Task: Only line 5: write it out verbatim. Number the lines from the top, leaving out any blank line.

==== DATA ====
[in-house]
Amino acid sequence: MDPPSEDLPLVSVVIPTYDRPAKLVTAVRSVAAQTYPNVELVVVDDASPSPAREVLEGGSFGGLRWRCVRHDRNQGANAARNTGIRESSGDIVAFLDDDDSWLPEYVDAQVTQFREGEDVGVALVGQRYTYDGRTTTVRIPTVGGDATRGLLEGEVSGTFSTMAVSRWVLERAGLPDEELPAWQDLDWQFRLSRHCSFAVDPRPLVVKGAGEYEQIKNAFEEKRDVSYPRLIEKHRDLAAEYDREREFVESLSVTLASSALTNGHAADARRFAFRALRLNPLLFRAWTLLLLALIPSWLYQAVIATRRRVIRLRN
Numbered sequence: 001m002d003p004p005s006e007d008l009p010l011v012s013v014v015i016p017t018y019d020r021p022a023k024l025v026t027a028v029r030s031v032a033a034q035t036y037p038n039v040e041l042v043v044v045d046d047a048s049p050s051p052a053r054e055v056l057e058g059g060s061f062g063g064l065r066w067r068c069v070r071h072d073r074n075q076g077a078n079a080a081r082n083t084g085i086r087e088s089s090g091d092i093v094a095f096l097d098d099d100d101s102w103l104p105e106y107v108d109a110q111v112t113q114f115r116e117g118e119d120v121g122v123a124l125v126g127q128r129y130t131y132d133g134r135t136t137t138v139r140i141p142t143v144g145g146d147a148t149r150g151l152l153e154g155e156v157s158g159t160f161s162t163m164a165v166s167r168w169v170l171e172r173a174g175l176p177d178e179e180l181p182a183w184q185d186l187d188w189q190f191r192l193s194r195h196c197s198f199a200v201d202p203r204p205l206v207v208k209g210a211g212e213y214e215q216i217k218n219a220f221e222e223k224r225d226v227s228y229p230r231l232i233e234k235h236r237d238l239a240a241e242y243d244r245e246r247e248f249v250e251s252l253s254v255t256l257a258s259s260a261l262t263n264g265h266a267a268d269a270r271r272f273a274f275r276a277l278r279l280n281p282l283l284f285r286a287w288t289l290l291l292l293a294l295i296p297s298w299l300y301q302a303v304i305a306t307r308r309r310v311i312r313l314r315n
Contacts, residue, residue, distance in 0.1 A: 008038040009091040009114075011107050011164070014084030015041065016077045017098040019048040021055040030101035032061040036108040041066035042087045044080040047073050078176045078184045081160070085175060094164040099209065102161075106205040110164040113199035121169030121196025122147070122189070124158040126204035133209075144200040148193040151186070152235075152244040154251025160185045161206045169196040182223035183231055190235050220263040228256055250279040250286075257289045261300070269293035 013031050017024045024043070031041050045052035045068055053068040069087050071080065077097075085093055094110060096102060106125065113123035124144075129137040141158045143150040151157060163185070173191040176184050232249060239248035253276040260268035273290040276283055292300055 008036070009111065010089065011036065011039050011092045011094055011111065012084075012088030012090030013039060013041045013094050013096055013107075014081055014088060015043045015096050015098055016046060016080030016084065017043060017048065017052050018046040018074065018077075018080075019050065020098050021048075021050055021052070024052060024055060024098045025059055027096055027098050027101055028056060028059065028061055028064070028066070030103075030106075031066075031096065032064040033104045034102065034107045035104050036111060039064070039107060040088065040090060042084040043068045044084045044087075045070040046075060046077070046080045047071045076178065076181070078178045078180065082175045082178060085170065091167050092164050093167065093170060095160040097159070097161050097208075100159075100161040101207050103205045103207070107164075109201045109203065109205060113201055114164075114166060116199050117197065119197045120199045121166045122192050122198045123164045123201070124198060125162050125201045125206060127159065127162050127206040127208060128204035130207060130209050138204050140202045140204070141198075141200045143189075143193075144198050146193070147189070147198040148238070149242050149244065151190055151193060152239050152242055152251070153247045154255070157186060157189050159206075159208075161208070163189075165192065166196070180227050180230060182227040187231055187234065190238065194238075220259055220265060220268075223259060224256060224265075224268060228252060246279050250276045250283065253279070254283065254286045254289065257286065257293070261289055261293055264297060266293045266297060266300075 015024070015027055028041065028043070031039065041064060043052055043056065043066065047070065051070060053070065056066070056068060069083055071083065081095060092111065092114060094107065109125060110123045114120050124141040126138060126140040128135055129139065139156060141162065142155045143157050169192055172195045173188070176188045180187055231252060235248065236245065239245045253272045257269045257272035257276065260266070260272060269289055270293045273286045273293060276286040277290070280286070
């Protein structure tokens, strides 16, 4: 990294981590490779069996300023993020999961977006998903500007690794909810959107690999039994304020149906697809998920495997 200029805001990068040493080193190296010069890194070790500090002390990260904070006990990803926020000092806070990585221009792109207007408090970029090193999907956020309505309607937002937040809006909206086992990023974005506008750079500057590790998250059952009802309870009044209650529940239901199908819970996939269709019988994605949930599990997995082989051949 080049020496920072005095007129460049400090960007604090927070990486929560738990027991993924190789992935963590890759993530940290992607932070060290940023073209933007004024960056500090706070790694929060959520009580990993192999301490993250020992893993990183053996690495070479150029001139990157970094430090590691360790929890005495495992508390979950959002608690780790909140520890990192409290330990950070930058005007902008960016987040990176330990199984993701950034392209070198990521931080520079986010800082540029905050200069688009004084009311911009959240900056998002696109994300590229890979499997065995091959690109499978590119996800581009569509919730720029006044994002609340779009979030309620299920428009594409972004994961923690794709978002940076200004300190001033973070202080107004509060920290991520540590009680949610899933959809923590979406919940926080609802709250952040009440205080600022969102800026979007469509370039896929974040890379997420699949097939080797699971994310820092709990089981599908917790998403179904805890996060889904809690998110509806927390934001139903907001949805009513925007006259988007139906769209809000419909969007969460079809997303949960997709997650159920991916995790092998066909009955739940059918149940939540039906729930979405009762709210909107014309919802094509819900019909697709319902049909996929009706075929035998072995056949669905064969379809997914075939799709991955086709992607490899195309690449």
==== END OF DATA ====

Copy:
């Protein structure tokens, strides 16, 4: 990294981590490779069996300023993020999961977006998903500007690794909810959107690999039994304020149906697809998920495997 200029805001990068040493080193190296010069890194070790500090002390990260904070006990990803926020000092806070990585221009792109207007408090970029090193999907956020309505309607937002937040809006909206086992990023974005506008750079500057590790998250059952009802309870009044209650529940239901199908819970996939269709019988994605949930599990997995082989051949 080049020496920072005095007129460049400090960007604090927070990486929560738990027991993924190789992935963590890759993530940290992607932070060290940023073209933007004024960056500090706070790694929060959520009580990993192999301490993250020992893993990183053996690495070479150029001139990157970094430090590691360790929890005495495992508390979950959002608690780790909140520890990192409290330990950070930058005007902008960016987040990176330990199984993701950034392209070198990521931080520079986010800082540029905050200069688009004084009311911009959240900056998002696109994300590229890979499997065995091959690109499978590119996800581009569509919730720029006044994002609340779009979030309620299920428009594409972004994961923690794709978002940076200004300190001033973070202080107004509060920290991520540590009680949610899933959809923590979406919940926080609802709250952040009440205080600022969102800026979007469509370039896929974040890379997420699949097939080797699971994310820092709990089981599908917790998403179904805890996060889904809690998110509806927390934001139903907001949805009513925007006259988007139906769209809000419909969007969460079809997303949960997709997650159920991916995790092998066909009955739940059918149940939540039906729930979405009762709210909107014309919802094509819900019909697709319902049909996929009706075929035998072995056949669905064969379809997914075939799709991955086709992607490899195309690449």